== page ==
A major US bank is reportedly getting a huge subsidy to relocate its offices near the World Trade Center site.
The rebuilding of the Ground Zero site has been going slowly
The New York Times reports that JP Morgan Chase will receive hundreds of millions of dollars to build a 42-story skyscraper in downtown Manhattan.
The deal follows threats by the company to move its headquarters to Connecticut from its location in mid-town New York.
New York City officials have already paid Goldman Sachs $650m (£330m) to build new offices in Battery Park City.
That deal was criticised at the time as most outrageous example of corporate welfare in city history, according to the New York Times.
But the paper says that JP Morgan Chase will receive an even better deal, with tax breaks, discounted electric power and rent subsidies worth $100m from city and state authorities.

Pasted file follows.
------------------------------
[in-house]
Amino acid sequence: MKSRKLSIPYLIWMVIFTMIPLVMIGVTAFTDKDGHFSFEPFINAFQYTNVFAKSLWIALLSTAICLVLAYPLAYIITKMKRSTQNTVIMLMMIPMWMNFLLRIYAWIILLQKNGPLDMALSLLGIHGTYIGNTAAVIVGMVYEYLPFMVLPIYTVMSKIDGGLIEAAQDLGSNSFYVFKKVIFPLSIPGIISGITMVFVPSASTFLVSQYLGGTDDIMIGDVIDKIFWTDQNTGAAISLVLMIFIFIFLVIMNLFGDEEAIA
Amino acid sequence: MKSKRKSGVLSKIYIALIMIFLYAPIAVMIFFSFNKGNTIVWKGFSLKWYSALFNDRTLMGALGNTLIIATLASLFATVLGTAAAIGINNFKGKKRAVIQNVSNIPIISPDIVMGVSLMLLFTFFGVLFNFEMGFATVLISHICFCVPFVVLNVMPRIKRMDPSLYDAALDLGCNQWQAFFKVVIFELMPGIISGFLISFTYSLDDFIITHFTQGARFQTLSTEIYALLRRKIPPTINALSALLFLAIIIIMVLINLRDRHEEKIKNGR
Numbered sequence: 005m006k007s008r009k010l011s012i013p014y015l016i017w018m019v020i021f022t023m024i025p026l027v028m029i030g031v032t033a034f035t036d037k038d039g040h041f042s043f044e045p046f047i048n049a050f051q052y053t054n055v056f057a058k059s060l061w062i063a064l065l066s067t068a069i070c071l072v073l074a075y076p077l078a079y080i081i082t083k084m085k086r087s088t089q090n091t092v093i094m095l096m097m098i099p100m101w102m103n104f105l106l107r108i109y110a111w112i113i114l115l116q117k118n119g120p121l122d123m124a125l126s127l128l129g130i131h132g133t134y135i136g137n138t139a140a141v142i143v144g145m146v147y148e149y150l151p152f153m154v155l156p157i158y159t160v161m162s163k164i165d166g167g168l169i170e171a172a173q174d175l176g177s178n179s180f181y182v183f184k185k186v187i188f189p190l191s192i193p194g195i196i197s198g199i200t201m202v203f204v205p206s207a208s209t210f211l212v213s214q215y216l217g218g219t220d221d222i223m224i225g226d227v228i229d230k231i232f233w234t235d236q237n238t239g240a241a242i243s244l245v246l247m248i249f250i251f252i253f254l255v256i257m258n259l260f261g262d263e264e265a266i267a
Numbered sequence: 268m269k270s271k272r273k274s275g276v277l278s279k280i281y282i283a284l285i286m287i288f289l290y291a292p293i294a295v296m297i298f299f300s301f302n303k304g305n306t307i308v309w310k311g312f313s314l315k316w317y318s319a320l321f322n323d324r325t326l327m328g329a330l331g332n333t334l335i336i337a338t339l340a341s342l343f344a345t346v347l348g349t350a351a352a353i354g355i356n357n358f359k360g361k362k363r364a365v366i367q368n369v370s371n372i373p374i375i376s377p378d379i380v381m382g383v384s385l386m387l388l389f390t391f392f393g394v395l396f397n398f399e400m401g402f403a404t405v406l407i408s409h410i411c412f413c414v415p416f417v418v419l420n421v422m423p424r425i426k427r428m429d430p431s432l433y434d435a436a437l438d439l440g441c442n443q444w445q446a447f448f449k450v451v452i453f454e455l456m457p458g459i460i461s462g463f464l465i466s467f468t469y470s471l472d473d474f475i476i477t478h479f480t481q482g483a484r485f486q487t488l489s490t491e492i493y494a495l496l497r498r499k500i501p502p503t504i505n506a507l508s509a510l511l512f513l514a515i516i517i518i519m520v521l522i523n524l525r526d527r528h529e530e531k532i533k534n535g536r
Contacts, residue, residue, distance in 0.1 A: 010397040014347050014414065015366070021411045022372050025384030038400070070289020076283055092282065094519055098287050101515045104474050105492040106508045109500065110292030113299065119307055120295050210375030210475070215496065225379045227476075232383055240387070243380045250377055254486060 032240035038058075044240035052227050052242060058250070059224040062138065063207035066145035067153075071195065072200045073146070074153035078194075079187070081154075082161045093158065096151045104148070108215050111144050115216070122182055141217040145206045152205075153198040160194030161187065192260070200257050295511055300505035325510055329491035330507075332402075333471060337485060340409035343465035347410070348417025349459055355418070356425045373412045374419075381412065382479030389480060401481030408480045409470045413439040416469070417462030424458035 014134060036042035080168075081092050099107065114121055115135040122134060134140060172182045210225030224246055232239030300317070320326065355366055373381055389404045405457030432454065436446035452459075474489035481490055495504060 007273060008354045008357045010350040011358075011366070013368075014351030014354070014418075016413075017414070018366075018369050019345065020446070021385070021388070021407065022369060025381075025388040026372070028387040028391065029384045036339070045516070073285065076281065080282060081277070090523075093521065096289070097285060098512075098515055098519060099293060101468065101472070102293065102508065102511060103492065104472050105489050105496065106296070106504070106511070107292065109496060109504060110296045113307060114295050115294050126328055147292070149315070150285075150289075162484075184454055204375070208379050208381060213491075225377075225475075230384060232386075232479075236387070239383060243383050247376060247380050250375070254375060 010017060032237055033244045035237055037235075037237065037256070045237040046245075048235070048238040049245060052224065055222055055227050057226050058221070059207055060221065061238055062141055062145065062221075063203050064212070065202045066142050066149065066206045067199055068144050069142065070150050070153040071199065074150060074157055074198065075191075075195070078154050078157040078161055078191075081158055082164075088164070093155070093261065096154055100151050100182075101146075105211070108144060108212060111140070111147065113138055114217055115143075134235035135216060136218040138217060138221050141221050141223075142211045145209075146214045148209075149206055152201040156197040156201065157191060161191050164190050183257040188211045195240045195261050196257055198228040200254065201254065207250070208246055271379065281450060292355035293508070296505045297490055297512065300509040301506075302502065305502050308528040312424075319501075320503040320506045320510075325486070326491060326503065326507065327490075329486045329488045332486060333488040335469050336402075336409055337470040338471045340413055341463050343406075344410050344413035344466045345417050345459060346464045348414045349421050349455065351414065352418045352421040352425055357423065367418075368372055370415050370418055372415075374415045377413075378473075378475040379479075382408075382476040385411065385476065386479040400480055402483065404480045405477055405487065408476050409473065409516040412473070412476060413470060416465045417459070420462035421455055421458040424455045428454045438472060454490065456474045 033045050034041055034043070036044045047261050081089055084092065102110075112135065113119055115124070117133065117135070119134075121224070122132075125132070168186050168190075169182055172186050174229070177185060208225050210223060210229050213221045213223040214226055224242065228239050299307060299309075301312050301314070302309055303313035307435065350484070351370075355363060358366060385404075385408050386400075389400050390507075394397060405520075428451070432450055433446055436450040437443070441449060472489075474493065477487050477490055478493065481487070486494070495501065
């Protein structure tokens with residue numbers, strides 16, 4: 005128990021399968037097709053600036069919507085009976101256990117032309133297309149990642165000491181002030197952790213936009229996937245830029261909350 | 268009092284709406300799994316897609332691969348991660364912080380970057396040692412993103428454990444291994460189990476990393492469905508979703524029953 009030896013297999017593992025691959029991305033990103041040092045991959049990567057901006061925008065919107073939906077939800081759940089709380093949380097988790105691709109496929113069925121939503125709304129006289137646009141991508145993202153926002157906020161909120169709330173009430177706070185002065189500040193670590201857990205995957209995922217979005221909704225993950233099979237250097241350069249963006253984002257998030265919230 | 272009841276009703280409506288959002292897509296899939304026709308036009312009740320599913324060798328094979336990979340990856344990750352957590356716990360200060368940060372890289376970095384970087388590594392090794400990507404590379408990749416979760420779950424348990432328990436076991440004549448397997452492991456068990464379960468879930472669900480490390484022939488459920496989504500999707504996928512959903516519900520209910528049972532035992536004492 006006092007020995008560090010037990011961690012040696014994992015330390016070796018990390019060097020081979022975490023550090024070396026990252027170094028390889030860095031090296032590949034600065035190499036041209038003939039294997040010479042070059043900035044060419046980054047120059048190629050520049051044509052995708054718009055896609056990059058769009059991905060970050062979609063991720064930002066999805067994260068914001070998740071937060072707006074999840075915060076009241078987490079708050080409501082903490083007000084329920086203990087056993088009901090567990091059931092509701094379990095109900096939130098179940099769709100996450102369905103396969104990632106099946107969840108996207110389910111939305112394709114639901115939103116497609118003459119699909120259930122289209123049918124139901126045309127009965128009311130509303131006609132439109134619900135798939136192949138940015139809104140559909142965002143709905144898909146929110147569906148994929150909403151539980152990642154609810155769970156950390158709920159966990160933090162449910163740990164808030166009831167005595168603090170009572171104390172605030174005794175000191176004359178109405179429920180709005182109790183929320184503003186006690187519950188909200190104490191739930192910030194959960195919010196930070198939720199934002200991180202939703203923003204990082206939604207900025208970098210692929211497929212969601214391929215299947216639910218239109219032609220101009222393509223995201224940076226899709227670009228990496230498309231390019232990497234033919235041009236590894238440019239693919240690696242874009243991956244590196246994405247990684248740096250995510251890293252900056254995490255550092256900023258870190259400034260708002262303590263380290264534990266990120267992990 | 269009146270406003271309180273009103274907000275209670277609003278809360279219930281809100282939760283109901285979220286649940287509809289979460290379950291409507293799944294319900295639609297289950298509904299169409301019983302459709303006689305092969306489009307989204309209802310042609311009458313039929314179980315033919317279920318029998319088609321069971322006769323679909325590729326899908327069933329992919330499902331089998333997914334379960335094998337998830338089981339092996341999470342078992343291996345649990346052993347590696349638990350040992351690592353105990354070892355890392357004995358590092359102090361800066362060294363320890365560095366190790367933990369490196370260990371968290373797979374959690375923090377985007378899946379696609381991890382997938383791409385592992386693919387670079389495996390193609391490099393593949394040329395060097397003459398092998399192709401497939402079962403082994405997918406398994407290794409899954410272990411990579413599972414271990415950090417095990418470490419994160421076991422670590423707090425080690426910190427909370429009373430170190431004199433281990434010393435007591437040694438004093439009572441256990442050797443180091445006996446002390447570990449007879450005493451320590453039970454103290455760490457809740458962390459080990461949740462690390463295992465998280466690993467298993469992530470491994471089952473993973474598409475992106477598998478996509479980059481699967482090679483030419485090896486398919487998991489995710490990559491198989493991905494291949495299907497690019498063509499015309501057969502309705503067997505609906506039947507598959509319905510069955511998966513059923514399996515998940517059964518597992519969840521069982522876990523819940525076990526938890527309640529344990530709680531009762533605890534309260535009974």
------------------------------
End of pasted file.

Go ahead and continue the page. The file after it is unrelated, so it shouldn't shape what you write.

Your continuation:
And it says that rent subsidies will amount to $50m per year for 15 years, or $750m.
JP Morgan Chase is a huge, and very profitable company.
It has assets of $1.4 trillion, annual revenues of $100bn and profits of $14bn in 2006, and ranks 11th on the Fortune 500 list of the biggest US companies.
But city and state officials fear that without the subsidies, key financial institutions would desert New York City, and particularly the Wall Street area.
After the terrorist attacks of 9/11, many financial firms - including JP Morgan Chase - moved their headquarters out of downtown New York, where the World Trade Center had been located.